Aliphatic Amines

The first attempts to separate aliphatic amines were performed on silica gel using chloroform-ammonia (39: 1), chloroform-methanol-17% ammonia (2:2: 1), butanol-acetic acid-water (4:1:5) and phenol-water (8 : 3) as eluents. However, highly volatile amines cannot be chromatographed with an ammoniacal solvent. A systematic collection of data on the chromatographic behaviour of a large number of aliphatic amine hydrochlorides, with particular emphasis on eluents, adsorbents and detection reagents, was published by Prandi (see hRF values in Table 1, columns 1, 2 and 3).

Silica gel is particularly useful for the adsorption chromatography of amines that have different polarities but does not resolve the fatty amine series. In particular, the RF values increase as the aliphatic chain length increases but this increase becomes smaller with increasing chain length.

Reversed-phase partition chromatography on paraffin oil-saturated silica gel is useful for the separation of fatty amines. RM[log(1/RFjvalues for such amines increase as the length of the aliphatic chain increases and there is a linear relationship between RM and the number of carbon atoms in the molecule.

Table 1 Retention data (hRF)* of aliphatic amine hydrochlorides under different experimental conditions3

Amine

Silica gel''

Po-s Kieselguhrc

Silica gel

Sil C18-50

AWPf

+ chlorophenold

# 4%HDBSe

EluentA

Eluent B

Eluent C

Eluent D

Eluent E

Eluent F

Methylamine

3

6

-

26

92

69

Dimethylamine

4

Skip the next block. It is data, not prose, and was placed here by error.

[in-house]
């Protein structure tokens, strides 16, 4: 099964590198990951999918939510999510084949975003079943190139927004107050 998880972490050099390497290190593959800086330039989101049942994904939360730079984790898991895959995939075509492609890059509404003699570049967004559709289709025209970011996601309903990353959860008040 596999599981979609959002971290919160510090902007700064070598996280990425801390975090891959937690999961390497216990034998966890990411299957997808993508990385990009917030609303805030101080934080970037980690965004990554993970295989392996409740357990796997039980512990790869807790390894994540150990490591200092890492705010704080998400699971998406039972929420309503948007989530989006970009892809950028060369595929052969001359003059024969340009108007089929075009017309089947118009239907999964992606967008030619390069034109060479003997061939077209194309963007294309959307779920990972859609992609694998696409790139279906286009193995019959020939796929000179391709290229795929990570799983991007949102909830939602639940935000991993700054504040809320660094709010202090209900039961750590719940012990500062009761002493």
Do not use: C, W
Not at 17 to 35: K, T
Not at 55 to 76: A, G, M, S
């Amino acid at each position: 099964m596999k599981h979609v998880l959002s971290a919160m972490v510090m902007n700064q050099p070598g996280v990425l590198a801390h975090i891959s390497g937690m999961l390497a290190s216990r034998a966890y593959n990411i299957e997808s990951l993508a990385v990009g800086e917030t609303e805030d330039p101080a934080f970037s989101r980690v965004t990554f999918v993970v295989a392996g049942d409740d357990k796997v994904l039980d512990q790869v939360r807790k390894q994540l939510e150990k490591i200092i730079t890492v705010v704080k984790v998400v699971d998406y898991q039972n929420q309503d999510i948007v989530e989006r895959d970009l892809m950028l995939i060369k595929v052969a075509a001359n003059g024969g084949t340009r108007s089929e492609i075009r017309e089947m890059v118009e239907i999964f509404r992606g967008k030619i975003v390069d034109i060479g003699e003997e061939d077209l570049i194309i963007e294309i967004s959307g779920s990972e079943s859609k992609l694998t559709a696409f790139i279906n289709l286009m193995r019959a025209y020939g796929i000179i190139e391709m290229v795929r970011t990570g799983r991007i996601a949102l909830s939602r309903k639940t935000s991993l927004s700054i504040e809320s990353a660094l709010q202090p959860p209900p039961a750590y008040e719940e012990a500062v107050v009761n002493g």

7

-

31

-

-

Trimethylamine

-

43

-

35

-

-

Ethylamine

7

16

-

46

85

75

Diethylamine

16

32

-

50

-

-

Triethylamine

-

75

-

53

-

-

Ethanolamine

4

10

-

-

-

-

Diethanolamine

5

16

-

-

-

-

Triethanolamine

18

36

-

38

-

-

Ethylethanolamine

11

23

-

-

-

-

Ethyldiethanolamine

30

52

-

-

-

-

2-Ethylhexylethanolamine

65

93

-

-

-

-

Propyldiethanolamine

52

69

-

-

-

-

Propylamine

16

35

-

57

-

-

Di-n-propylamine

51

80

-

-

-

-

Isopropylamine

17

36

-

63

-

-

Diisopropylamine

33

66

-

-

-

-

Propanolamine

4

8

-

-

-

-

Triisopropanolamine

52

85

-

-

-

-

Allylamine

-

-

-

60

-

-

Diallylamine

-

-

-

66

-

-

Butylamine

22

48

-

-

55

65

Di-n-butylamine

63

95

-

80

-

-

Tri-n-butylamine

-

-

-

85

-

-

Isobutylamine

31

58

-

-

62

70

Diisobutylamine

85

99

-

-

-

-

3-Methoxypropylamine

18

43

-

-

-

-

Pentylamine

29

55

-

-

34

60

Isoamylamine

30

56

-

-

45

62

2-Methylbutylamine

36

68

-

-

-

-

Hexylamine

34

65

86

-

24

53

Cyclohexylamine

33

63

-

76

-

-

3-Amino-2,2'-dimethylbutane

51

90

-

-

-

-

2-Amino-3-methylpentane

47

78

-

-

-

-

2-Amino-4-methylpentane

42

73

-

-

-

-

Heptylamine

36

70

82

-

14

elongated spots

Octylamine

37

74

78

-

7

3

2-Ethylhexylamine

54

88

-

-

-

-

Di-2-ethylhexylamine

100

100

-

-

-

-

tert-Octylamine

52

87

-

-

-

-

Nonylamine

39

77

74

-

-

-

Decylamine

40

78

70

-

1

0

Undecylamine

42

79

65

-

-

-

Dodecylamine

44

79

58

-

0

0

Tridecylamine

47

80

50

-

-

-

Tetradecylamine

50

82

43

-

0

0

Pentadecylamine

52

83

38

-

-

-

Hexadecylamine

55

85

30

-

-

-

Heptadecylamine

58

85

24

-

-

-

Stearylamine

60

85

18

-

-

-

1,2-Diaminoethane

2

4

-

22

82

49

1,2-Diaminopropane